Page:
This style is named for the four King Georges who ruled England during Boston’s years as a colony, though it is more truly neo-Palladian. An elegant symmetrical style with a large vocabulary of classical ornamentation, it was developed by Andrea Palladio in Italy in the 1500s and shaped European architecture for centuries. English architects including Sir Christopher Wren and James Gibbs popularized the approach in the 18th century, and British settlers in the English colonies generally followed this example.
Buildings of this period showcase simple massing of brick or clapboard, with classically-referenced, symmetrical details. Features often include a portico or central pavilion with pediment and pilasters, large pilasters at the corners, and dentils along the roofline. Doors are paneled with rows of glass panes beside or above. Windows have double-hung sashes of 6, 9, or 12 panes of glass, and often feature a central a fanlight or Palladian window above.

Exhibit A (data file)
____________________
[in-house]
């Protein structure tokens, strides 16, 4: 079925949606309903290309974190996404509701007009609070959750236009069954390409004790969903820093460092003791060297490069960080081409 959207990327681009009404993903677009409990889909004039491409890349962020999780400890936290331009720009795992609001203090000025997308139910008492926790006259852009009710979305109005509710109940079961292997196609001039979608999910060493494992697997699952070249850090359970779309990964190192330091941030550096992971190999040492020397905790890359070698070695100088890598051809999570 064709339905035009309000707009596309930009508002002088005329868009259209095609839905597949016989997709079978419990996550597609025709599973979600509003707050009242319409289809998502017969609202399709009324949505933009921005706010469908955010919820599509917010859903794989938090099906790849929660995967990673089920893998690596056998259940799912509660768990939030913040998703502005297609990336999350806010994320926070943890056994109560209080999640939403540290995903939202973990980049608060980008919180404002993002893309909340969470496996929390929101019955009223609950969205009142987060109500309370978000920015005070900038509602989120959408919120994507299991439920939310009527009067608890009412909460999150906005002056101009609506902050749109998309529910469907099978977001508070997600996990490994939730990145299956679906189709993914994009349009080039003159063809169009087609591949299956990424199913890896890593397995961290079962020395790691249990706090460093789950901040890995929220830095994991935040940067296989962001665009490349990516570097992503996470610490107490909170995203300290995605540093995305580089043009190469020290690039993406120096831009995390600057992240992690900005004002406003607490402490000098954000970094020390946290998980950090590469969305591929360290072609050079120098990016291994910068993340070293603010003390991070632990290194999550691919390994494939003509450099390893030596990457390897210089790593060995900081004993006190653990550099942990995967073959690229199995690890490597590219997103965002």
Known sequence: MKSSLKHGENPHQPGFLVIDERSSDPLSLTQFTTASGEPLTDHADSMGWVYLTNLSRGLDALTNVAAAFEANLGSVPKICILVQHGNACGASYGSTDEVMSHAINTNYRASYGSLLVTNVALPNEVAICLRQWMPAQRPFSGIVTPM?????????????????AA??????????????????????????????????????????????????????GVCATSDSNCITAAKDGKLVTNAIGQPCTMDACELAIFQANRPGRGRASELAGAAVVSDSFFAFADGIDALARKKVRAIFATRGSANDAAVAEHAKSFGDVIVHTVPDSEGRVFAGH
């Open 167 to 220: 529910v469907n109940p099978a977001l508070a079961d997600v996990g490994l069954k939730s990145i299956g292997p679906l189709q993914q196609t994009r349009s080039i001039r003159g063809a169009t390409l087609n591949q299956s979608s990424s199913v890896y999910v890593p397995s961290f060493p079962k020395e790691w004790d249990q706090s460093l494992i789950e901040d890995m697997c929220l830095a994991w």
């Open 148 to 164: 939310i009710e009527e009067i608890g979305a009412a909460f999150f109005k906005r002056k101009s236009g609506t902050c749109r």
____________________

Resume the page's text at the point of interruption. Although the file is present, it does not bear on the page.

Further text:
Prompted by nostalgia surrounding the 1876 U.S. centennial, some designers were drawn back to the simplicity and order of the Georgian style in the late nineteenth and early twentieth centuries. This “Georgian Revival” lasted up until WWII, and is visible in the extensive development of the Harvard campus during this period.
Image: Longfellow House, Cambridge, ©Yonward, 2017